Three separatist groupings have won an absolute majority in the Catalan regional elections, but unionist Ciutadanos has emerged as the largest single party in the parliament. With nearly all votes counted the three pro-independence formations had won 70 seats out of 135, granting them an absolute majority. Junts per Catalunya, the party of the former President of the Catalan Executive, Carles Puigdemont, won 34 seats, left-wing Esquerra Republicana won 32 seats and 4 seats went to the far-left CUP party. On the unionist side, Ciutadanos took 37 seats, the socialists won 17, while PP, the party of Mariano Rajoy, suffered its worst ever result in the region winning only three seats, down from 11 last time. At 82 percent it was the highest ever turnout for Catalan regional elections.
The separatist leader in exile Carles Puigdemont hailed the victory of the independence camp, stressing that it is “a result that nobody can refute”. In his speech, he also declared that “the Catalan republic had won” and “the monarchy had been defeated.” Puigdemont made his comments in Brussels where he exiled himself after facing charges of sedition and rebellion for organising an independence referendum in Catalonia that was deemed to be illegal by the Spanish Constitutional Court. Thursday’s vote was called by Prime Minister Mariano Rajoy after his government sacked Puigdemont’s administration and imposed direct rule on Barcelona from Madrid.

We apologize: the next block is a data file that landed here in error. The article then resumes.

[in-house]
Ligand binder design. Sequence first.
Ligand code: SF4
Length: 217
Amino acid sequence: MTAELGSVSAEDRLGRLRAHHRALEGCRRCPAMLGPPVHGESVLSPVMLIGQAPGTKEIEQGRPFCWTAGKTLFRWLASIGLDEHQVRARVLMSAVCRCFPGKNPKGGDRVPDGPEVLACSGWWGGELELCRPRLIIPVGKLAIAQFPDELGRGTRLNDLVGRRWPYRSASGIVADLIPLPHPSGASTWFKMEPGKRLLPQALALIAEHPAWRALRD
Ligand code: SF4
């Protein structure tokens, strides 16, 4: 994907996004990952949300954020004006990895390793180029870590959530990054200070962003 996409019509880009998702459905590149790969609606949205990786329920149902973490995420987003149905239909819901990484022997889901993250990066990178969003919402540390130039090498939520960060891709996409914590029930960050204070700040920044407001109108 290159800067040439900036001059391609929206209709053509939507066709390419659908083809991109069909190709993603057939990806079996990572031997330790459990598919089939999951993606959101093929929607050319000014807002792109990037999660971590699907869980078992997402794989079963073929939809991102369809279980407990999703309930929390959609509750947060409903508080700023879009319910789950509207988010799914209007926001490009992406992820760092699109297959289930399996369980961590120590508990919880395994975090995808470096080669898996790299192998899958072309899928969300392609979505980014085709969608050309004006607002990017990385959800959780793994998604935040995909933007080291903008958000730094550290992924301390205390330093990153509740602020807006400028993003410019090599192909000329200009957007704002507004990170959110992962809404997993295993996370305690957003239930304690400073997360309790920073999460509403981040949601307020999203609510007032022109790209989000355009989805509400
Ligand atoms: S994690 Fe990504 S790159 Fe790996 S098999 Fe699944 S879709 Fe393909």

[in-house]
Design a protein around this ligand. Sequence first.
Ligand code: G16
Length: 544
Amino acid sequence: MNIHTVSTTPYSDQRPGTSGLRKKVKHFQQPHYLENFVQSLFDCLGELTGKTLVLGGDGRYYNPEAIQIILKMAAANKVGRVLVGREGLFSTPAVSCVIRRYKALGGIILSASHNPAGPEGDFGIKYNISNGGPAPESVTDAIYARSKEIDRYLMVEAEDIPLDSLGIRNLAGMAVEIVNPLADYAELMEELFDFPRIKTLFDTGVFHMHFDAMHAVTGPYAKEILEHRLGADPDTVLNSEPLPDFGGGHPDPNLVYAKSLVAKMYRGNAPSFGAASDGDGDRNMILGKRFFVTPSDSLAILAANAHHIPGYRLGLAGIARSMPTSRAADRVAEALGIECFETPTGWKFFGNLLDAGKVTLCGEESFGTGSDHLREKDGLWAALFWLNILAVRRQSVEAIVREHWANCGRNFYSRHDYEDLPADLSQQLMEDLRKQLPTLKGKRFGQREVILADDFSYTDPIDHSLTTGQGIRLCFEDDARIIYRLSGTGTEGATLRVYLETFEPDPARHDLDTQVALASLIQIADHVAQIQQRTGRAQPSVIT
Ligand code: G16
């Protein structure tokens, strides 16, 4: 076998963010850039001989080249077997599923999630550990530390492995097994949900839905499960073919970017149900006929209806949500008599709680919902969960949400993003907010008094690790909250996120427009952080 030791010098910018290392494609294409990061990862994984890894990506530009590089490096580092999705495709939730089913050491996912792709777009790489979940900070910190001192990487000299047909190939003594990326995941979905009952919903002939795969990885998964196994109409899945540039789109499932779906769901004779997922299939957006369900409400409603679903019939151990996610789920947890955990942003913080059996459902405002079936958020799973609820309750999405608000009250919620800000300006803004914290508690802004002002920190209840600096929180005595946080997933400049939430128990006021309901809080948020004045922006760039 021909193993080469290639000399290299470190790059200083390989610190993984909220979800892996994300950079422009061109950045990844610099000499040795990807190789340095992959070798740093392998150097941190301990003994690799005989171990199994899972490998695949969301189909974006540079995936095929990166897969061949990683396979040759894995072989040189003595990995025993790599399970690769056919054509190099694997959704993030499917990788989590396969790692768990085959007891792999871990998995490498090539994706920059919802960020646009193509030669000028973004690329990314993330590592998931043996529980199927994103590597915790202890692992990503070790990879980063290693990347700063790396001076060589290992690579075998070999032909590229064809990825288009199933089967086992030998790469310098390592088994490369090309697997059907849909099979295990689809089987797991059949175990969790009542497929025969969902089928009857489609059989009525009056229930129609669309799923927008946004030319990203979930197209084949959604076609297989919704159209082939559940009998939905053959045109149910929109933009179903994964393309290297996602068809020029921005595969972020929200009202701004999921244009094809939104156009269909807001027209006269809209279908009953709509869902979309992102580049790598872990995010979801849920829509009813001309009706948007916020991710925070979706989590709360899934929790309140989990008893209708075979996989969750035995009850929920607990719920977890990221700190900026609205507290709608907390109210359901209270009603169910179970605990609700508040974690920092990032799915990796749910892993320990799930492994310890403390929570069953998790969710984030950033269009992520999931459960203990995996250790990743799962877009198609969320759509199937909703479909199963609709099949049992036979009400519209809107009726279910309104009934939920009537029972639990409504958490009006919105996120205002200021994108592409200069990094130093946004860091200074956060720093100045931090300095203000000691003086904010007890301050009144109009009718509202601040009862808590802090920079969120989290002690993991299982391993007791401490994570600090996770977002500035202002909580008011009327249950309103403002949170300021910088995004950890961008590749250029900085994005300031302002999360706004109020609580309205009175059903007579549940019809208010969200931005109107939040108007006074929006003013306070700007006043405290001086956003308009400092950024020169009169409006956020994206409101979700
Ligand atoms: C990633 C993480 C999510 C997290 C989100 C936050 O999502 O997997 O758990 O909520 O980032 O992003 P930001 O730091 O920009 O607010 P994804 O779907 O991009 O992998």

Although they may be sitting on the opposition benches Ciutadanos will still feel like the night’s big winners. Formed just over ten years ago, the party has grown by leaps and bounds as it has positioned itself as the voice of resistance to Catalan independence. They have been congratulated for their victory by several European leaders including Guy Verhofstadt, president of the ALDE centrist group in the European Parliament to which Ciutadanos belongs. Verhofstadt tweeted: “The hardest challenge remains: finding a common way to heal the Catalan society. Generosity from everyone has to prevail now”
A spokesman for the European Commission said that the EU’s position on Catalonia “will not change”. “Our position on the question of Catalonia is well known and has been reiterated regularly, and at all levels. It will not change,” said Alexander Winterstein. “As for a regional election, we have no comment to make.”